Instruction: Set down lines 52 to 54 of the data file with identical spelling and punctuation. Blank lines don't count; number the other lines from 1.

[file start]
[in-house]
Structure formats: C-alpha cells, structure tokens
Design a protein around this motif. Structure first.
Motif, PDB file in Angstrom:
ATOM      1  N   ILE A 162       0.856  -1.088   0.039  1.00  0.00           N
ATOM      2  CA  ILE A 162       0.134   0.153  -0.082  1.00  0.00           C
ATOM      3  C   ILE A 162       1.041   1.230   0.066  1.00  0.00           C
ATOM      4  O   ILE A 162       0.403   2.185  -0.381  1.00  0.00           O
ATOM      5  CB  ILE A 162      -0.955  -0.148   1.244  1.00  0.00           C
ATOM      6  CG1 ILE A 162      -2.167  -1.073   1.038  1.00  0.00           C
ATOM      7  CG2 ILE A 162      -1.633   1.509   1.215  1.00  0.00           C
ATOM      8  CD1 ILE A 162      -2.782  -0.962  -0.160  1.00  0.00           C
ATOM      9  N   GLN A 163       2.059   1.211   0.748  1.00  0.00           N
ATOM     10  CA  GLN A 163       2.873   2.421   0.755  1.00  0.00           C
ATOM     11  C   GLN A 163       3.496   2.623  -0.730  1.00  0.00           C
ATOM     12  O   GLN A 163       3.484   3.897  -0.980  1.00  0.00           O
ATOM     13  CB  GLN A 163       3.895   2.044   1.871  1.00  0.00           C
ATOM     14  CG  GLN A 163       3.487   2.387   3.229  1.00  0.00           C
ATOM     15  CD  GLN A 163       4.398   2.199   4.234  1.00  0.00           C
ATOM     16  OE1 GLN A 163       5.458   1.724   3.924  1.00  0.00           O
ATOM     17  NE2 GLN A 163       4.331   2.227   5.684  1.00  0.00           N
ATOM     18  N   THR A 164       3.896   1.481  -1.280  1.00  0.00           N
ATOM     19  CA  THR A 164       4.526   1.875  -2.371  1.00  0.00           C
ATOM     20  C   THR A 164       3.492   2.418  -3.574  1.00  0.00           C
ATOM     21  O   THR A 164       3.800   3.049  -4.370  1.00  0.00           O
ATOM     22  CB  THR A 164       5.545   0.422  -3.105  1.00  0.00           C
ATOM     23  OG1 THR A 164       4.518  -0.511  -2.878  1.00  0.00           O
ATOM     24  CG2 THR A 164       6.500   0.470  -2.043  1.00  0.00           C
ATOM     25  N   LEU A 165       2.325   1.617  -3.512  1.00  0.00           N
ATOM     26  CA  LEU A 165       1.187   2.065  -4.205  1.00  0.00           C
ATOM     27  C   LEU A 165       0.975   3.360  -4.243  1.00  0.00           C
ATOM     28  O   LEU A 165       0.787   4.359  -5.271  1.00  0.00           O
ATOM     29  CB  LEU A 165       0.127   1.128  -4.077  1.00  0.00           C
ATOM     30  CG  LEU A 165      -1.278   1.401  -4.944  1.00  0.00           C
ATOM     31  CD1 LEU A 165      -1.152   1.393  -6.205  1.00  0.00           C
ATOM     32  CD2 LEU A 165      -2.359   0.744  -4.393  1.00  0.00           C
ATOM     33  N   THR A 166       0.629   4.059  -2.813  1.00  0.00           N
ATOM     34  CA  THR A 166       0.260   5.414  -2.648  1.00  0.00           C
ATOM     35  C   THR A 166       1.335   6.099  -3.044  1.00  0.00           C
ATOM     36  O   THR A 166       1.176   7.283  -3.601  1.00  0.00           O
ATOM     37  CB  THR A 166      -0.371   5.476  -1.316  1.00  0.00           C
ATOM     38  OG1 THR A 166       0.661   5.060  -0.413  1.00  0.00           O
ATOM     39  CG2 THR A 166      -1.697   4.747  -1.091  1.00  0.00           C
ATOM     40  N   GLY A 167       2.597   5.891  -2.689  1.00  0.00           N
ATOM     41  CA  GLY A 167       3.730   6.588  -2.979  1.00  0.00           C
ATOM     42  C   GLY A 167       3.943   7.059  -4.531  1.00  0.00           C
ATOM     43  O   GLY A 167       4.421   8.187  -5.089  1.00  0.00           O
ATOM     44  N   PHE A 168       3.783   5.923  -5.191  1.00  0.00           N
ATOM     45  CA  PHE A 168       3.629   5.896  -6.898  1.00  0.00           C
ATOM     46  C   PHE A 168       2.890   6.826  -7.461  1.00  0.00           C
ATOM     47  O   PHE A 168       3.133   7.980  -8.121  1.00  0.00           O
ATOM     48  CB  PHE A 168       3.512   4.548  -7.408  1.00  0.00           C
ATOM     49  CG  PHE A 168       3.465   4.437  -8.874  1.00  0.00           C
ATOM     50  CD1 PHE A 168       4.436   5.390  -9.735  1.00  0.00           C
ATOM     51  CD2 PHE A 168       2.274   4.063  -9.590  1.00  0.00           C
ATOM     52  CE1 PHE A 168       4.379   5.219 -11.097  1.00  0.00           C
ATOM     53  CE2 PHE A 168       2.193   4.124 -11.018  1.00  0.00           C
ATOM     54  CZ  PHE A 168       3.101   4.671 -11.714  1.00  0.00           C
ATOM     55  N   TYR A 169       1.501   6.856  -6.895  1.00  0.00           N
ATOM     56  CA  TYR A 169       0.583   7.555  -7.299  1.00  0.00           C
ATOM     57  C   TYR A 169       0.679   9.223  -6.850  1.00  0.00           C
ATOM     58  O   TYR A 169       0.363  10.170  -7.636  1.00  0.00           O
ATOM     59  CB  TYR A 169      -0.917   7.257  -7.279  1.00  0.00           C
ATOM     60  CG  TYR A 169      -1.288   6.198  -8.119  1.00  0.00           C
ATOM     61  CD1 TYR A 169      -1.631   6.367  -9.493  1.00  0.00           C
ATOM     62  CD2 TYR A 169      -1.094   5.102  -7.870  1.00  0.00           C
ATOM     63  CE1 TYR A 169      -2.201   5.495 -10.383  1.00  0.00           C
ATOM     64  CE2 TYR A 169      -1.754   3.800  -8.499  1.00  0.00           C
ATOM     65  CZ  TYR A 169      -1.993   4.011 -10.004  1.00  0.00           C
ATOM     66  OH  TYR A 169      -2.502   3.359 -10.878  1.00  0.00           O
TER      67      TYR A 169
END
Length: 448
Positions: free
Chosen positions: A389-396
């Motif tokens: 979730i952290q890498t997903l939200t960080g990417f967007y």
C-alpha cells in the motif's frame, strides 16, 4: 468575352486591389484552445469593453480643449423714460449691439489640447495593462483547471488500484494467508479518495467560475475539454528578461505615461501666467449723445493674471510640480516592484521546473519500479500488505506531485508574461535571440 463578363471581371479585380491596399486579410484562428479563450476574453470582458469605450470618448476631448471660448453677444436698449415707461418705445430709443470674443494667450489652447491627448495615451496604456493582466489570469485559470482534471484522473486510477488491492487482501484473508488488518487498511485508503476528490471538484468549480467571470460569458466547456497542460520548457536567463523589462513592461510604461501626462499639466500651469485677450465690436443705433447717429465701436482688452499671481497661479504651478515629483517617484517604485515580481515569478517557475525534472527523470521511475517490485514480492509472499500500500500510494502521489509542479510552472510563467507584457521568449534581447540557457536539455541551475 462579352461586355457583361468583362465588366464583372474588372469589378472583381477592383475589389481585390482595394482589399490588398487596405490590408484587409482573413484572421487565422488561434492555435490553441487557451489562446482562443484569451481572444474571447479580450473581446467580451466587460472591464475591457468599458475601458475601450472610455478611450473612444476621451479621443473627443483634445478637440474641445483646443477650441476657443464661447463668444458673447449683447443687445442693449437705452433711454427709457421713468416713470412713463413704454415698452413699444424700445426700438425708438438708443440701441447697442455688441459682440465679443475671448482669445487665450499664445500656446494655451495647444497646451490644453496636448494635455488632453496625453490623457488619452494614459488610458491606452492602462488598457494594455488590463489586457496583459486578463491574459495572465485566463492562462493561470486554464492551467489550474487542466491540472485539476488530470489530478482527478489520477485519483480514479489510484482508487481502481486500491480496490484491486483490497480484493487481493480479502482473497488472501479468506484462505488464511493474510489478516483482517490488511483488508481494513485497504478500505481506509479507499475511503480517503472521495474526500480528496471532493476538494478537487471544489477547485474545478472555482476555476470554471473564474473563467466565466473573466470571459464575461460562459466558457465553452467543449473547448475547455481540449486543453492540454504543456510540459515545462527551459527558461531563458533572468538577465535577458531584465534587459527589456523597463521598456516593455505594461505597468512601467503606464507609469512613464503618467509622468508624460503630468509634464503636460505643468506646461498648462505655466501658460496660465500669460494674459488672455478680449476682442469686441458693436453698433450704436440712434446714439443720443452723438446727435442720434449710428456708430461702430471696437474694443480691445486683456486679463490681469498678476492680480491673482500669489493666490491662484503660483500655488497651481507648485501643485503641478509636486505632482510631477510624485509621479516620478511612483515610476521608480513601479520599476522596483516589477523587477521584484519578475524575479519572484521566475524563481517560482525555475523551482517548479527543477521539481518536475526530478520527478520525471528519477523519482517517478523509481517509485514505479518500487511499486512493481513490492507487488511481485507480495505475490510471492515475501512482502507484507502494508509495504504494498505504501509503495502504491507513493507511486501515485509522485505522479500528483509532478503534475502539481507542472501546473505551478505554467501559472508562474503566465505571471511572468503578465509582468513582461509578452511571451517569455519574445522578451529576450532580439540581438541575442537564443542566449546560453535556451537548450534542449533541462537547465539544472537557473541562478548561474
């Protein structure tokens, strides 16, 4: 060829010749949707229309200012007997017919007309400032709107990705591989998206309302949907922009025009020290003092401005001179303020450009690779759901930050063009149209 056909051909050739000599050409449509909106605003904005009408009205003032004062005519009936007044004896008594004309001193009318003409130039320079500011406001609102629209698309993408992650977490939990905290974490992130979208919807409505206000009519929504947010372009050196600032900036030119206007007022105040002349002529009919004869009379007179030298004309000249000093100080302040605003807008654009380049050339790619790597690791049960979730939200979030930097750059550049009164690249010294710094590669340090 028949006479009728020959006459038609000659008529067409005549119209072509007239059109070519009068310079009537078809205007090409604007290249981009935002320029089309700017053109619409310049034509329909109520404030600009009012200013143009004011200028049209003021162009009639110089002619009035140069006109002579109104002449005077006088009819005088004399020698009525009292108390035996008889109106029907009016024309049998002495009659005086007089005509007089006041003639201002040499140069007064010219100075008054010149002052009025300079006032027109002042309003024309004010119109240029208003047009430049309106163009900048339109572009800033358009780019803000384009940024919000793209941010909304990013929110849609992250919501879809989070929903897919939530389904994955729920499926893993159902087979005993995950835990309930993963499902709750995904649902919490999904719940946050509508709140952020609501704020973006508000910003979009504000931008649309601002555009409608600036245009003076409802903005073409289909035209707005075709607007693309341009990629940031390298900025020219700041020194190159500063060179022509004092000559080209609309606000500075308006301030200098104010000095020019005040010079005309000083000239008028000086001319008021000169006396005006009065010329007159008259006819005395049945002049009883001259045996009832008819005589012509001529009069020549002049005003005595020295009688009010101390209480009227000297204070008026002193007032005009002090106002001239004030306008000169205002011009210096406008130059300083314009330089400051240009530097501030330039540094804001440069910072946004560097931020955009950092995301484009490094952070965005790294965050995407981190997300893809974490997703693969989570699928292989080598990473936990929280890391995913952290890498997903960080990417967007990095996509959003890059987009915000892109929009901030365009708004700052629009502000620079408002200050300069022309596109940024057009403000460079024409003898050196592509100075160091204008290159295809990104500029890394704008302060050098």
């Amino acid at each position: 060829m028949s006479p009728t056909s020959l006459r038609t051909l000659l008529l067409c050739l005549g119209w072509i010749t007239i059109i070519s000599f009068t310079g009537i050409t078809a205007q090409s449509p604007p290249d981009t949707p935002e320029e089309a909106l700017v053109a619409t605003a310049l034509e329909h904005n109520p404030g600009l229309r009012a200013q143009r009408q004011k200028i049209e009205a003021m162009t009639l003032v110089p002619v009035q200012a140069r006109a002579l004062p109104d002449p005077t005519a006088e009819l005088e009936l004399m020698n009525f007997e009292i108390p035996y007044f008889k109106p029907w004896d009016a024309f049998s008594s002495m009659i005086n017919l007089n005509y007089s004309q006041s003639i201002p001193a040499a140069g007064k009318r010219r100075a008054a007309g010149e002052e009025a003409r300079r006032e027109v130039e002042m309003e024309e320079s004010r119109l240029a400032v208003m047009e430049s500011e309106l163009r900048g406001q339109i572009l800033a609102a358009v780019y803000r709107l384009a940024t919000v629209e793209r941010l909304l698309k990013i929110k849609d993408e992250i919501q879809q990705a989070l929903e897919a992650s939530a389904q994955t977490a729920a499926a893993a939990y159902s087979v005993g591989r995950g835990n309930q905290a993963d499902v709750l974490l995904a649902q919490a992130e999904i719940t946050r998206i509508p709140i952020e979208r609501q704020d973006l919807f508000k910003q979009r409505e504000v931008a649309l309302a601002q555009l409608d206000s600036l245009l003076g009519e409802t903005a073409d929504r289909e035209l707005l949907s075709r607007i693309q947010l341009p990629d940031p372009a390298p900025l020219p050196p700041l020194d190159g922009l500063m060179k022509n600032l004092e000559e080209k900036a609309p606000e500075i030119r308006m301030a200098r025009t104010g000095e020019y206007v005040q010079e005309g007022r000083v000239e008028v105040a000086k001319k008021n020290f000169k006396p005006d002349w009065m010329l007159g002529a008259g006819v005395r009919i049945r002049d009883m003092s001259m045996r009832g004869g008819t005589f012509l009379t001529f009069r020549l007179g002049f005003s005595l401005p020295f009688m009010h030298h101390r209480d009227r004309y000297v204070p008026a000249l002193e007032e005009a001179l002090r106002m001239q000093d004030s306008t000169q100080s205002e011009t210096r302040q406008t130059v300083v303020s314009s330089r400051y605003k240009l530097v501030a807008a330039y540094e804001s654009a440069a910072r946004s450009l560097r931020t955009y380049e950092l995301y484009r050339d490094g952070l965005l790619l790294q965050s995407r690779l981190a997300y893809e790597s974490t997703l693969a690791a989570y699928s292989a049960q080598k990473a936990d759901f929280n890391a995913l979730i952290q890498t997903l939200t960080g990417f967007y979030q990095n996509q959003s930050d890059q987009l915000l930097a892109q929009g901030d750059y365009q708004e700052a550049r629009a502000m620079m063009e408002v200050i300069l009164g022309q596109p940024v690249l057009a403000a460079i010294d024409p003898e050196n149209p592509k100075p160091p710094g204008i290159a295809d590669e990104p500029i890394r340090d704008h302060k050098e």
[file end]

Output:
ATOM     48  CB  PHE A 168       3.512   4.548  -7.408  1.00  0.00           C
ATOM     49  CG  PHE A 168       3.465   4.437  -8.874  1.00  0.00           C
ATOM     50  CD1 PHE A 168       4.436   5.390  -9.735  1.00  0.00           C